Your Immune System 'Remembers' Microbes It's Never Fought Before, New Study SaysSubmitted by Bob-45 on Thu, 02/07/2013 - 20:31
Immune cells build up strength against common bugs we encounter everywhere, and this helps us resist more dangerous ones. Kids eating dirt: Maybe a good thing.
By Rebecca Boyle Posted 02.07.2013 at 4:01 pm
Immune cells are like the Hatfields and McCoys of our bodies--once wronged, they never, ever forget. This is how we gain immunity, and it’s why vaccines work: Immune cells develop a memory of an invading pathogen, and they build an alert system to find and fight it should it ever return. But a new study by Stanford researchers adds a new wrinkle to this long-held immune theory. It turns out immune cells can develop this memory-like state even for pathogens they’ve never met. This may come from exposure to harmless microbes -- or the memories may actually be borrowed from other, more experienced cells.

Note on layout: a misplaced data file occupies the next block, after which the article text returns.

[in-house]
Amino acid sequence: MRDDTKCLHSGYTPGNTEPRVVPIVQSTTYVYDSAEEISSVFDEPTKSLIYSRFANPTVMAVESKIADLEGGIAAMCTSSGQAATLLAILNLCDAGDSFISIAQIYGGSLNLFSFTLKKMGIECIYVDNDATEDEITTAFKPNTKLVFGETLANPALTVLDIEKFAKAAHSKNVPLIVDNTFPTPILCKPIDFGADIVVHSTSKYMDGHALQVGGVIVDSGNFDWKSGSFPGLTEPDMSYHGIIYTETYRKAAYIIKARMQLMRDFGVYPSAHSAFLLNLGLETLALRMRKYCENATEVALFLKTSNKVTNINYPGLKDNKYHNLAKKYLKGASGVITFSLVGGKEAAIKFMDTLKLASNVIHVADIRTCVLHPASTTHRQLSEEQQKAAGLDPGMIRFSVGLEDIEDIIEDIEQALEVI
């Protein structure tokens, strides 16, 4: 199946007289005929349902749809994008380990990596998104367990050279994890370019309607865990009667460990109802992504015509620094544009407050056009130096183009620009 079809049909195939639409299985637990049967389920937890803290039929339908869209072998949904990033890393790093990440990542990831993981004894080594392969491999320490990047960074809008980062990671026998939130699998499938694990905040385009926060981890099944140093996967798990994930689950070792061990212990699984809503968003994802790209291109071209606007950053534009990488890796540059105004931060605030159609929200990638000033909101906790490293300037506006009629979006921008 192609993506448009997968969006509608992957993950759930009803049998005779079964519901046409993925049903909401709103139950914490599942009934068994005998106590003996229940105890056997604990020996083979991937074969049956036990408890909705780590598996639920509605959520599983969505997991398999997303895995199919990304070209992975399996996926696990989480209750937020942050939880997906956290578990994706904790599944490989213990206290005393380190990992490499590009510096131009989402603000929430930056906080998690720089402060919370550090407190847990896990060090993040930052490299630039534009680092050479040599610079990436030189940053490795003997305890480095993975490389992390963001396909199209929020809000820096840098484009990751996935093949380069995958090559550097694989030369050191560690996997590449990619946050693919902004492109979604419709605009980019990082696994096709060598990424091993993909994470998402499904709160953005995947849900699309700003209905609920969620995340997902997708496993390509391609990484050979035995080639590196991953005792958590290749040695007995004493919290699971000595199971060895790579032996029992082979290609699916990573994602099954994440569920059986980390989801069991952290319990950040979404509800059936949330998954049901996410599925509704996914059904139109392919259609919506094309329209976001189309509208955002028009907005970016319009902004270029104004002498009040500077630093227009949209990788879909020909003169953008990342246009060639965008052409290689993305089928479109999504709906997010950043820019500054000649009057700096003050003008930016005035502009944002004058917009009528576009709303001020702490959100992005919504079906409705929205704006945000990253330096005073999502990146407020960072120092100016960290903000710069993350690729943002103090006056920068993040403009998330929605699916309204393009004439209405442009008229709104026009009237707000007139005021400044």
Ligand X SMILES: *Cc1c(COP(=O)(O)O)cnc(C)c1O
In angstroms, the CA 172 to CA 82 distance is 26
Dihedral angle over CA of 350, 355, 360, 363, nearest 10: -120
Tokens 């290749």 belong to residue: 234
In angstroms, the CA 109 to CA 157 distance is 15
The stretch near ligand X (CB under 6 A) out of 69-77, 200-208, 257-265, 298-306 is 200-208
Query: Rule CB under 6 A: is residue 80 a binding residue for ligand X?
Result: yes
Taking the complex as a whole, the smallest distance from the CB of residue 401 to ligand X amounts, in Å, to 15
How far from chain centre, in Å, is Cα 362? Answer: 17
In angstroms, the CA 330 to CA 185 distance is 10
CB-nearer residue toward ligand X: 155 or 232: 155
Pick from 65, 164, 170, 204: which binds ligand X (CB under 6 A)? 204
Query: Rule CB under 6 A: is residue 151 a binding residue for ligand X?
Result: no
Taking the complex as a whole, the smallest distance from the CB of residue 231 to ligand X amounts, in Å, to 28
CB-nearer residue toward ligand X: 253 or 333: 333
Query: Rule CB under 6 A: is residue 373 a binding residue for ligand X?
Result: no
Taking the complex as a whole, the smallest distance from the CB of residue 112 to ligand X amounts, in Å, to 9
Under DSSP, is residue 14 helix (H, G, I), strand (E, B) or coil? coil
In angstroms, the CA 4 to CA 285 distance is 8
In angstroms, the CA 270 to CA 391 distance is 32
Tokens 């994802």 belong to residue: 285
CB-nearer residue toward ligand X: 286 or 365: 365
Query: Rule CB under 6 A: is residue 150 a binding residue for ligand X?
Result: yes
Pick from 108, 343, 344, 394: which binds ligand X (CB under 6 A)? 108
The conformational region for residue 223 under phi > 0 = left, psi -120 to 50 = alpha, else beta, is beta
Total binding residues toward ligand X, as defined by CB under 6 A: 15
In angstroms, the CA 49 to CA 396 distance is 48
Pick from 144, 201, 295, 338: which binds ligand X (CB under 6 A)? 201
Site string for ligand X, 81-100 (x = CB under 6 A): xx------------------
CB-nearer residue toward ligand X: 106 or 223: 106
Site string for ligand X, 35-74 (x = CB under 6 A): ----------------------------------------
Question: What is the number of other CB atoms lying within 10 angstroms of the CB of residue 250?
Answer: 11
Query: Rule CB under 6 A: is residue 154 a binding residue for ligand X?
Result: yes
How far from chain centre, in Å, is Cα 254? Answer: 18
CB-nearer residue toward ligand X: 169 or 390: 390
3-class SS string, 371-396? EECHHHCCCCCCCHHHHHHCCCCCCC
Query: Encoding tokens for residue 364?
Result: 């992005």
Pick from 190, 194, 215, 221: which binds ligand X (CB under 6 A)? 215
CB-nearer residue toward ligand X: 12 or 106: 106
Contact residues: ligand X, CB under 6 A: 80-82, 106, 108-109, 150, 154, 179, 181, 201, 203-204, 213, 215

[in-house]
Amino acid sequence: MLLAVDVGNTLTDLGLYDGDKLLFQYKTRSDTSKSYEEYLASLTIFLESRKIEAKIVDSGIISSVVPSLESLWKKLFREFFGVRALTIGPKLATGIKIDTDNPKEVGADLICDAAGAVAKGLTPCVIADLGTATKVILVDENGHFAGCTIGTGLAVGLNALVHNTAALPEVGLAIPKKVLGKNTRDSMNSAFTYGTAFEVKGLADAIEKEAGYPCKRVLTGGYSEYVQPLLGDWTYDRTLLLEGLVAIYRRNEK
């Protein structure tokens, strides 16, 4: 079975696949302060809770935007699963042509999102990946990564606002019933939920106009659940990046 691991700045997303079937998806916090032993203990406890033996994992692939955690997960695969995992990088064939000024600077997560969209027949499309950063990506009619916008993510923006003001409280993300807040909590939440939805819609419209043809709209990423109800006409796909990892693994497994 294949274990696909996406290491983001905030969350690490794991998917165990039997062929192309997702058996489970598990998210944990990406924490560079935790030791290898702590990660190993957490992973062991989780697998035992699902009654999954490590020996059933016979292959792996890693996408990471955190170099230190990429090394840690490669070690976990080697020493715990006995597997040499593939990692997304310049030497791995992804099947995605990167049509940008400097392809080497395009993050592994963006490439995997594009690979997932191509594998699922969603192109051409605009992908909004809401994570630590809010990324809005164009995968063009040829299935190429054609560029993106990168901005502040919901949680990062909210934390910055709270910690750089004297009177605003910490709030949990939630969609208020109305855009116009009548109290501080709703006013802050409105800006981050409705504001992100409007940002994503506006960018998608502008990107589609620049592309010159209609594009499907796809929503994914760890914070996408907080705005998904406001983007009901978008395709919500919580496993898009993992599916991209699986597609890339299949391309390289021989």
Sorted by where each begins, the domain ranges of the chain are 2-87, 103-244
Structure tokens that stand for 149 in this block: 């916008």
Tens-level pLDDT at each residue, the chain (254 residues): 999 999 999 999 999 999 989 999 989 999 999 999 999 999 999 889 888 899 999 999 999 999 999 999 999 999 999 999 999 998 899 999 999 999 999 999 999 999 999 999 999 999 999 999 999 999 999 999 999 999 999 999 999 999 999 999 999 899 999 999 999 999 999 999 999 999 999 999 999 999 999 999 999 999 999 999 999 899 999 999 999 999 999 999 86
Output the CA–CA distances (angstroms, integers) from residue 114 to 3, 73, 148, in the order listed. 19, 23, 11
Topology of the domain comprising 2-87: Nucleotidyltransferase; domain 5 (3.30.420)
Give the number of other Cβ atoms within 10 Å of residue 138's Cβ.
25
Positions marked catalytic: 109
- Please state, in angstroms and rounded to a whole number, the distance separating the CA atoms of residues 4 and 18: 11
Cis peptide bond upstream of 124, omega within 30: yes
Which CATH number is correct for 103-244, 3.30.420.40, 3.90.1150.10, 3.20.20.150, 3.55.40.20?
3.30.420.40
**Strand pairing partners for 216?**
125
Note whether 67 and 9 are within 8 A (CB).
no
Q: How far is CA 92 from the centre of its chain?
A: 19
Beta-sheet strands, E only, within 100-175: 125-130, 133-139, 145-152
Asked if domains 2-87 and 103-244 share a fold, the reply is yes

The findings could help explain why babies and small children are so susceptible to infectious diseases. They haven't been exposed to enough ever-present, mostly harmless pathogens yet, and it's the constant scuffle with these bugs that gives adult T cells a sort of cellular precognition. “It may even provide an evolutionary clue about why kids eat dirt,” said the study’s lead author, Stanford microbiologist and immunologist Mark Davis. Kids are drawn to dirt because they’ve got to expose their fledgling immune systems to something, to help build up their defenses.
Davis and his coauthors studied a group of T cells called CD4 cells, which are the same ones targeted by HIV. CD4 cells hang out in our bloodstreams and stand sentinel, sounding the cellular alarm when they spot something that doesn’t belong. There are two basic classes of CD4 cells: Naive cells, which haven’t been exposed to a particular bug and might take a while to mount a response, and memory-type cells, which have done battle with a pathogen and are on the lookout for it again. The memory cells can prompt action within a few hours, while naive cells might take days or even weeks--meanwhile, we’re sick.